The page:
Editor's note: Find the latest COVID-19 news and guidance in Medscape's Coronavirus Resource Center.
The U.S. should have initiated a better COVID-19 vaccine distribution process — and still can, Anthony Fauci, MD, director of the National Institute of Allergy and Infectious Diseases, said Wednesday.
Federal health officials and Operation Warp Speed leaders have tried to explain why the U.S. hasn't fulfilled the vow to vaccinate 20 million Americans by the end of 2020. About 21.4 million vaccines have been distributed and 5.9 million people have been given a first dose, according to updated numbers released by the CDC on Thursday.
"Clearly, no excuses. We should have gotten 20 [million] distributed and 20 [million] into the arms of people," Fauci told The Economic Club of Washington, D.C. "I think we have to wait for the first couple of weeks in January to make any determination as to what's gone wrong, if anything."
The delays may have occurred because the COVID-19 vaccination program is new and because it started during the holidays, he said, adding "again, no excuses."
"Now, not to make excuses, we should have done better. So let me make that clear," Fauci said. "We should have done better, but I think we should wait until we get into maybe the second or the third week in January to see if we can now catch up with the original pace that was set."
Public health officials across the country have called for greater accountability around the vaccine rollout as COVID-19 cases continue to soar. The U.S. reported more than 243,000 cases and 3,858 deaths on Wednesday, according to The COVID Tracking Project, as well as an all-time high of 132,476 hospitalizations.
The holiday season slowed the process after the Pfizer vaccine received FDA authorization on Dec. 14 and the Moderna vaccine received authorization on Dec. 21, Alex Azar, secretary of health and human services, said during an Operation Warp Speed briefing, according to CNN.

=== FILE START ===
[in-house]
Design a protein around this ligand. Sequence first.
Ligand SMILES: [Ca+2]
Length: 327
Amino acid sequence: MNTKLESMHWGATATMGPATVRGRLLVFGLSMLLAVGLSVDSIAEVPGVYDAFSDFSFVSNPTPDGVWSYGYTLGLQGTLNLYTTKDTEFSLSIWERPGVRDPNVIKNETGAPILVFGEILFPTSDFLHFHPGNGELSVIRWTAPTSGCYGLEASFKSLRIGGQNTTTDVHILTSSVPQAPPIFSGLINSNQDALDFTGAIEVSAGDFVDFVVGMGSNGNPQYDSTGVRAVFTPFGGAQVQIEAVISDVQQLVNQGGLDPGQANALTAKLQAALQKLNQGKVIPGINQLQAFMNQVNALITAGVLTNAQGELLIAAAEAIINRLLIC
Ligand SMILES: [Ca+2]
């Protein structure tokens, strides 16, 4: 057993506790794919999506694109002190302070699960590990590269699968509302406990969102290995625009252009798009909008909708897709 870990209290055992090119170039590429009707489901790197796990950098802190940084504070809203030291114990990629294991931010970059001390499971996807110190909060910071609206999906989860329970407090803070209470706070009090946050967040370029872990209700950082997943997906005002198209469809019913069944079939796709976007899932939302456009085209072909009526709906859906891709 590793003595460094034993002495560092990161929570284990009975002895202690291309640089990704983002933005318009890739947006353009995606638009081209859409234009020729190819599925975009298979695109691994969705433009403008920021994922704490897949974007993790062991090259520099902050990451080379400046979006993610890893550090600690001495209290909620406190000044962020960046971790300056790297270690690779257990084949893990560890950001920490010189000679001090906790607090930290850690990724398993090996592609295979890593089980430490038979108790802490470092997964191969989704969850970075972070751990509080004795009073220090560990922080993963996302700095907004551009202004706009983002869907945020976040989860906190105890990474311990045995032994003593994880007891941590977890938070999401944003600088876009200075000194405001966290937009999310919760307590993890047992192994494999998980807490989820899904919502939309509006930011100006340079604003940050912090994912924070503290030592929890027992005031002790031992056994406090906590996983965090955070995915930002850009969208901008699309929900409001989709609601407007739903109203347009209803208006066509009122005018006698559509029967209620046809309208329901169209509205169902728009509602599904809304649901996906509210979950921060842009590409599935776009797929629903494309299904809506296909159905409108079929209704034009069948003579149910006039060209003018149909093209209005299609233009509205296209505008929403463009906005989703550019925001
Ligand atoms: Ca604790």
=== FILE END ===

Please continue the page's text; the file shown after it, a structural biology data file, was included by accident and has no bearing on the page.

"So while we continue to ship, you do have just the natural human behavioral element of the holiday season there in terms of hospitals, pharmacies and other health care providers being able to line up individuals for vaccination," he said. "That's also a normal consequence."
Azar also advised states to give doses to other priority groups beyond frontline health care workers and residents at long-term care facilities.
"If they are using all of the vaccine that is ordered…and they're getting it into health care providers' arms, every bit of it, that's great," Azar said. "But if for some reason their distribution is struggling, and they're having vaccines sit in freezers, then by all means you ought to be opening up to people 70 and over, 65 and over, you ought to be making sure that the nursing home patients are getting vaccinated."
CDC, "COVID-19 Vaccinations in the United States."
The Economic Club of Washington D.C., "Event: Anthony S. Fauci, MD, January 6, 2021."
The COVID Tracking Project, "U.S. All Key Metrics."
CNN, "Dr. Fauci says US should have had better coronavirus vaccine rollout."
WebMD Health News © 2021
Cite this: US Vaccine Rollout Should Have Been Better, Fauci Says - Medscape - Jan 08, 2021.